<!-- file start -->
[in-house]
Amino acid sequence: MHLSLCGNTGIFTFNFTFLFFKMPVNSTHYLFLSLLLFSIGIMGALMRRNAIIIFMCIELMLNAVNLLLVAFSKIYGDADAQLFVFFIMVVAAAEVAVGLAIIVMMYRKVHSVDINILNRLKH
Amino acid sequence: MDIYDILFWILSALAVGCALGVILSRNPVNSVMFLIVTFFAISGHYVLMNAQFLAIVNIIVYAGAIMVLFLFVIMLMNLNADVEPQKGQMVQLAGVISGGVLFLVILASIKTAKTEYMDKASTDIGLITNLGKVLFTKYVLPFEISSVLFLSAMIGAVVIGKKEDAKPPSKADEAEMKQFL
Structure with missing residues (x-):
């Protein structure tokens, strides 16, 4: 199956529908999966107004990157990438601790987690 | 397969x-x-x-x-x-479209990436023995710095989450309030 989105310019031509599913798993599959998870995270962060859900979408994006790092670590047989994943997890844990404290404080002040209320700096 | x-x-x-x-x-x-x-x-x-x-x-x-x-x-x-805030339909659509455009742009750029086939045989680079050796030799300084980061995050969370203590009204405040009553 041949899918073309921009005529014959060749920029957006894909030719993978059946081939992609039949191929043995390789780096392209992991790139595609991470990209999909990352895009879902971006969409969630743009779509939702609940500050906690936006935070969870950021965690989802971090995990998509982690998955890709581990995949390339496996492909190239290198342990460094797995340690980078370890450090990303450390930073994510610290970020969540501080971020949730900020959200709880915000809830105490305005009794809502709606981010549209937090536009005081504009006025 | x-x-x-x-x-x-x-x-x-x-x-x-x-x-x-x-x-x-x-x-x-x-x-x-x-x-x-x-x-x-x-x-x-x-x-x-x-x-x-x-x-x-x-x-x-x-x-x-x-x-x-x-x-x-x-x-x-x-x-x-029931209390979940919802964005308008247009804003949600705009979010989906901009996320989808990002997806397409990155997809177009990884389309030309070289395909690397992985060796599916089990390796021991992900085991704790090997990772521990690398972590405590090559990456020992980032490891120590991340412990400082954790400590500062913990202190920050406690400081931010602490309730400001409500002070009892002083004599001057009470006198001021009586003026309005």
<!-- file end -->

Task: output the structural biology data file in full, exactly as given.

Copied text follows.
[in-house]
Amino acid sequence: MHLSLCGNTGIFTFNFTFLFFKMPVNSTHYLFLSLLLFSIGIMGALMRRNAIIIFMCIELMLNAVNLLLVAFSKIYGDADAQLFVFFIMVVAAAEVAVGLAIIVMMYRKVHSVDINILNRLKH
Amino acid sequence: MDIYDILFWILSALAVGCALGVILSRNPVNSVMFLIVTFFAISGHYVLMNAQFLAIVNIIVYAGAIMVLFLFVIMLMNLNADVEPQKGQMVQLAGVISGGVLFLVILASIKTAKTEYMDKASTDIGLITNLGKVLFTKYVLPFEISSVLFLSAMIGAVVIGKKEDAKPPSKADEAEMKQFL
Structure with missing residues (x-):
């Protein structure tokens, strides 16, 4: 199956529908999966107004990157990438601790987690 | 397969x-x-x-x-x-479209990436023995710095989450309030 989105310019031509599913798993599959998870995270962060859900979408994006790092670590047989994943997890844990404290404080002040209320700096 | x-x-x-x-x-x-x-x-x-x-x-x-x-x-x-805030339909659509455009742009750029086939045989680079050796030799300084980061995050969370203590009204405040009553 041949899918073309921009005529014959060749920029957006894909030719993978059946081939992609039949191929043995390789780096392209992991790139595609991470990209999909990352895009879902971006969409969630743009779509939702609940500050906690936006935070969870950021965690989802971090995990998509982690998955890709581990995949390339496996492909190239290198342990460094797995340690980078370890450090990303450390930073994510610290970020969540501080971020949730900020959200709880915000809830105490305005009794809502709606981010549209937090536009005081504009006025 | x-x-x-x-x-x-x-x-x-x-x-x-x-x-x-x-x-x-x-x-x-x-x-x-x-x-x-x-x-x-x-x-x-x-x-x-x-x-x-x-x-x-x-x-x-x-x-x-x-x-x-x-x-x-x-x-x-x-x-x-029931209390979940919802964005308008247009804003949600705009979010989906901009996320989808990002997806397409990155997809177009990884389309030309070289395909690397992985060796599916089990390796021991992900085991704790090997990772521990690398972590405590090559990456020992980032490891120590991340412990400082954790400590500062913990202190920050406690400081931010602490309730400001409500002070009892002083004599001057009470006198001021009586003026309005």